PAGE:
Behavioral Finance & Investing

The Bulls & Bears of Behavioral Finance

The buy low/ sell high concept looks wonderful on paper – but is a bear to implement.  While the market may be rational and efficient over time, most investors are not.

How we manage our emotions is a significant factor on investment success, yet very few of us manage emotions properly. Keeping your emotions in check can have a considerable impact on your long term results and sustainability.

Quantitative studies by leading research firms on investor behavior indicate that many main street investors underperform the S&P 500 index by about 67% or more over time (Dalbar, 2014). This significant “behavior gap” is a clear example of the perils of investor psychology to emotionally take action on short-term news and market information.

This “herding mentality” conditions investors to manifest in chasing the latest top performing market, asset class or security–buying it at the peak (greed), riding it down (remorse) and then selling at the bottom (fear.) 

Through the power of asset allocation and diversification, you can help to reduce the volatility in your portfolio while seeking to improve its performance over time. More importantly you can work to develop and implement a focused, disciplined and less emotional approach to managing your wealth.

Diversification

Diversification is the fancy name for the advice your mother might have given you: “Don’t put all of your eggs in one basket.”

In essence, diversification is an important risk management tool that is characterized by how positions move in correlation with each other. By having investments that are negatively correlated (such as stocks to bonds) your over-all volatility can be reduced.

The time to practice disciplined investing with a diversified portfolio then-is before diversification becomes a necessity. By the time the average investor “reacts” to the market, 90% of the damage is already done.

Modern Portfolio Theory

Modern Portfolio Theory (MPT) indicates that market timing and investment selection have minimal weighting in long-term investing success.

MPT further suggests that asset allocation strategies will prevail through the construction of an optimal portfolio by considering the relationship between risk and return.

The study of asset allocation (otherwise known as investment policy) states that asset mix determines 94% of the return of a portfolio-while less than 6% accounts from market timing or investment selection. (BHB Study, 1986)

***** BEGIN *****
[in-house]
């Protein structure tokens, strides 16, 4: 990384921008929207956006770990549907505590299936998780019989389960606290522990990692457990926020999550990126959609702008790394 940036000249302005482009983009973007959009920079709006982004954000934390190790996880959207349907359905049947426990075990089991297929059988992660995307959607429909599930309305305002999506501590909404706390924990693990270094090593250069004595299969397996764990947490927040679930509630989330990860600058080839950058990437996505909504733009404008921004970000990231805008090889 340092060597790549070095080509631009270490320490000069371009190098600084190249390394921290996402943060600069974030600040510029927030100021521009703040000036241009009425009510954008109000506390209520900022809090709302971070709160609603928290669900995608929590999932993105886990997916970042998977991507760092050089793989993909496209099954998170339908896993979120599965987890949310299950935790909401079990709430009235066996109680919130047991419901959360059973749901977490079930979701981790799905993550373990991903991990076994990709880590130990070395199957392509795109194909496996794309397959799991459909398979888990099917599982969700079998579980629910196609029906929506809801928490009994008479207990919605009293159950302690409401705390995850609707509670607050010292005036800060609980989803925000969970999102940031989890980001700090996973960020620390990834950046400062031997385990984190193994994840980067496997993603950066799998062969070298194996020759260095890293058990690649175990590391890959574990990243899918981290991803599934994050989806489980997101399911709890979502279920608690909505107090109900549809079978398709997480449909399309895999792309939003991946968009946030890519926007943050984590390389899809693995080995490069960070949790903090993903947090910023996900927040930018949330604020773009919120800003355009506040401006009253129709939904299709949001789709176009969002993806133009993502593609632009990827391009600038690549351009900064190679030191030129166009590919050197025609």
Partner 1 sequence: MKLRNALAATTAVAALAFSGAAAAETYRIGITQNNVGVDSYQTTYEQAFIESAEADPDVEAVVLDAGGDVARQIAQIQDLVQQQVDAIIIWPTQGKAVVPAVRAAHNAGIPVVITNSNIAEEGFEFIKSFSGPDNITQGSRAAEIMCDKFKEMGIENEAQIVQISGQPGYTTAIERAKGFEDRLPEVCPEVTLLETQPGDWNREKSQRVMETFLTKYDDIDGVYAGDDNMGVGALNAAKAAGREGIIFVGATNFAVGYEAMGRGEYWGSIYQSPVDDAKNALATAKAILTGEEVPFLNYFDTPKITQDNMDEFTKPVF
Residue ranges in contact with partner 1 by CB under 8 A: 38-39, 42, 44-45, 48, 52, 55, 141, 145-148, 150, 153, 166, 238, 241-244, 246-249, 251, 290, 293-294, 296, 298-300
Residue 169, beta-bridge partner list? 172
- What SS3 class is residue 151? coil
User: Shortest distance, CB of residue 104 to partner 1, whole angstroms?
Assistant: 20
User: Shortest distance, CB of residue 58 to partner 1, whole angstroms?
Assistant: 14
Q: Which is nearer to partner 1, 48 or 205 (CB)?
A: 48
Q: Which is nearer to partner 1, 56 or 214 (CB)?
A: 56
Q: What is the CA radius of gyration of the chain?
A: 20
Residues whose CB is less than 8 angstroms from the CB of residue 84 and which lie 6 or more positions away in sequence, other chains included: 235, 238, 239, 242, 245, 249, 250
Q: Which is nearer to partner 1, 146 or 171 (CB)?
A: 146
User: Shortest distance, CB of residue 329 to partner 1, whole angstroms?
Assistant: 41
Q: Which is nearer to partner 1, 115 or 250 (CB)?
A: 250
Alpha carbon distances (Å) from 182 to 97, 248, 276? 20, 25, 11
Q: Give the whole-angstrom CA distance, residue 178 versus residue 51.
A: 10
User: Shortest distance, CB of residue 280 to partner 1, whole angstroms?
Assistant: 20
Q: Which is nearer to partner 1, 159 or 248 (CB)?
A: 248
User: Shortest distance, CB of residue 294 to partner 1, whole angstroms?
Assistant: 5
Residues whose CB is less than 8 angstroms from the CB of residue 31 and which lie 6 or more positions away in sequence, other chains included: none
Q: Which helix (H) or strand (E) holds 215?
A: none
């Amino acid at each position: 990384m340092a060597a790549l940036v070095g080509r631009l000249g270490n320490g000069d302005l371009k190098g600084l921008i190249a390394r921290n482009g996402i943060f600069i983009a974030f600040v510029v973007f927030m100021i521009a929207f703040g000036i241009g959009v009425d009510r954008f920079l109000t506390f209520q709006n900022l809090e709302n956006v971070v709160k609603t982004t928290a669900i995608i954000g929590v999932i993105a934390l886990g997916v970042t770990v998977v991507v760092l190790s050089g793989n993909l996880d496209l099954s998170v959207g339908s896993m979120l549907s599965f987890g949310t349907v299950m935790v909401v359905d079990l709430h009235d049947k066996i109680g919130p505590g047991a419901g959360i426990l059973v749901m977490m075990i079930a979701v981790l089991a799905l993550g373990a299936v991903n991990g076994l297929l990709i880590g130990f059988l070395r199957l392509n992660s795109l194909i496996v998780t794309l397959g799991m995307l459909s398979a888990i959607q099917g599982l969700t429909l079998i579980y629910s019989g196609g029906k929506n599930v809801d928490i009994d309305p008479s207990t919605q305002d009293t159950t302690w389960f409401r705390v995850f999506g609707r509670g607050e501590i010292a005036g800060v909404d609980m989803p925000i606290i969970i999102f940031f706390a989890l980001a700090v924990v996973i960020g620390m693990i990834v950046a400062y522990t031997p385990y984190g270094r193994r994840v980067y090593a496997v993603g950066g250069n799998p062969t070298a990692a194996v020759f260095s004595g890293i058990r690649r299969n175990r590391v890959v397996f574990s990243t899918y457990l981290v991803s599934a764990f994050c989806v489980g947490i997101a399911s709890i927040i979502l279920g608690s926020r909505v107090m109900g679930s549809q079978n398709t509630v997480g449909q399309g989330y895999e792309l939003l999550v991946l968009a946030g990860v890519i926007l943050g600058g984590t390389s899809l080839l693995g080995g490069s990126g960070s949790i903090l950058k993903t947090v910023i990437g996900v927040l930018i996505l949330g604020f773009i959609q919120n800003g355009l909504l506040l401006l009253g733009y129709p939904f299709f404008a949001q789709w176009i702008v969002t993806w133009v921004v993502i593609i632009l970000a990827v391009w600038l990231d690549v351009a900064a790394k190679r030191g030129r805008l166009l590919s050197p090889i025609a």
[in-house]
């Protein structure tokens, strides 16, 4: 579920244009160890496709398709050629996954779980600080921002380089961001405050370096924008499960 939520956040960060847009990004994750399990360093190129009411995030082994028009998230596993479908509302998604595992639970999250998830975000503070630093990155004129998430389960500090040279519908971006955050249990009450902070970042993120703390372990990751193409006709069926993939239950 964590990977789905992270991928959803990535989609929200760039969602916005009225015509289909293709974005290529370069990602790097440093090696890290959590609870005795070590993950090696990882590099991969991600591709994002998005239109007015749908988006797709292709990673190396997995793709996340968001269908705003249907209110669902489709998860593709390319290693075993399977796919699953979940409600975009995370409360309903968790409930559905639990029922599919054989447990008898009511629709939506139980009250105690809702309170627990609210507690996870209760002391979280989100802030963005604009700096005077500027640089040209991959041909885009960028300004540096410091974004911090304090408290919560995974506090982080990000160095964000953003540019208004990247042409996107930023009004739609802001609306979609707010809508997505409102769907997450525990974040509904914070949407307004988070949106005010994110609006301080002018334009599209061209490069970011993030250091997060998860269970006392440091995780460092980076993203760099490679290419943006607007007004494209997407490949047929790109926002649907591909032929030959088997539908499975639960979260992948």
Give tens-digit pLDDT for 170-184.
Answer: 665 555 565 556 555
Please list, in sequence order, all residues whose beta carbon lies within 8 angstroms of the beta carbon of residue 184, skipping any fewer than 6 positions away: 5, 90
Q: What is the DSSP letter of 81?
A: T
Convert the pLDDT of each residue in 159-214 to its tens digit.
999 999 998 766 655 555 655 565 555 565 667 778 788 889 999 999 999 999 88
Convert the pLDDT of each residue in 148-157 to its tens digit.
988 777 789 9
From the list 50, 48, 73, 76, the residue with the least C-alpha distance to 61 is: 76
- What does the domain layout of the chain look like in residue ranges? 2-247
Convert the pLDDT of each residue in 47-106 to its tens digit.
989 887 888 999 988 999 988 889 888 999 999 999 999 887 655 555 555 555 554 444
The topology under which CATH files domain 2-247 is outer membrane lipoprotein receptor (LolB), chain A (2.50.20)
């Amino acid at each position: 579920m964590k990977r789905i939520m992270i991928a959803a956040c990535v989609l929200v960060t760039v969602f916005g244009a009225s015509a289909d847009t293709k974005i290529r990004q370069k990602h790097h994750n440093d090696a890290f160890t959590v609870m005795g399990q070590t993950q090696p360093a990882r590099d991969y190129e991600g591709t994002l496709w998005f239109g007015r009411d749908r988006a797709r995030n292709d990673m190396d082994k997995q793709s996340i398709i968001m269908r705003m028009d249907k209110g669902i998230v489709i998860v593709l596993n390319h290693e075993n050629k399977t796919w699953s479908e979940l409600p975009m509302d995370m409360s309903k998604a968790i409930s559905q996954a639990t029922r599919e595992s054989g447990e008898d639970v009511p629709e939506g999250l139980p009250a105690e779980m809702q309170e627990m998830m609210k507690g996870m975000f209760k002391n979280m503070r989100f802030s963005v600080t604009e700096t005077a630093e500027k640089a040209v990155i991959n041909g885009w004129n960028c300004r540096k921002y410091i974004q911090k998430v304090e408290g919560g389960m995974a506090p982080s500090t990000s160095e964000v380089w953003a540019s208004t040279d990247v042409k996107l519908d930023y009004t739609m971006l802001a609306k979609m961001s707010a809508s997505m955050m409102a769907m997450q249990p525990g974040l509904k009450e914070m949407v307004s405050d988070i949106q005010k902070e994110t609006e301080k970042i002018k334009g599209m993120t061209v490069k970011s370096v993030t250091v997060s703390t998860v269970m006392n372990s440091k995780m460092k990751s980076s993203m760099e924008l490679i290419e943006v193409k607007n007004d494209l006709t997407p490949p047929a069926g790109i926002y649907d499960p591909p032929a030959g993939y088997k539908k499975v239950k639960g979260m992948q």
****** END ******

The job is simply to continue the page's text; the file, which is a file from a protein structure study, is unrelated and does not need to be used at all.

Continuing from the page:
Practicing consistent and on-going asset allocation is one of the most important habits for an investor to follow. Asset allocation involves dividing an investment portfolio among the three main asset classes-stocks, bonds, and cash. Liquid Alternative investments can be considered as a ‘fourth’ main asset class.

Risk Tolerance

Risk tolerance is the foundation to developing your asset allocation strategy according to your financial goals and your feelings about risk. 

Risk Tolerance indicates your ability and willingness to lose some or all of your  original investment in exchange for greater potential returns. Your selection of individual investments is secondary to the way you allocate your portfolio, which will be, perhaps, the principal determinant of your results.

Subtracting your “age from 100” to estimate how much of your portfolio should be invested in stocks can be a (very) rough estimate to consider. The asset allocation that works best for you at any given point in your life will depend primarily on your age, time horizon, financial objectives and your ability to tolerate risk.

An aggressive investor, or one with a high-risk tolerance, is more likely to risk losing money in order to get better results.  A conservative investor, or one with a   low-risk tolerance, tends to favor investments that will preserve his or her original investment.

In the words of the famous saying, conservative investors keep a “bird in the hand,” while aggressive investors seek “two in the bush.”  Investors who take on too much risk may panic and sell at the wrong time.  You can access your degree of risk by taking one of a number of different risk tolerance questionnaires.

No investment strategy assures a profit or protects against a loss. Investing in mutual funds involves risk, including possible loss of principal.

Asset allocation does not ensure a profit or protect against a loss.

All performance referenced is historical and is no guarantee of future results. All indices are unmanaged and may not be invested into directly.

The Standard & Poor’s 500 Index is a capitalization weighted index of 500 stocks designed to measure performance of the broad domestic economy through changes in the aggregate market value of 500 stocks representing all major industries.

*There is no guarantee that a diversified portfolio will enhance overall returns or outperform a non-diversified portfolio. Diversification does not protect against market risk.

“October. This is one of the peculiarly dangerous months to speculate in stocks. The others are July, January, September, April, November, May, March, June, December, August, and February.”  -Mark Twain

For further information please visit FINRA.org, SEC.gov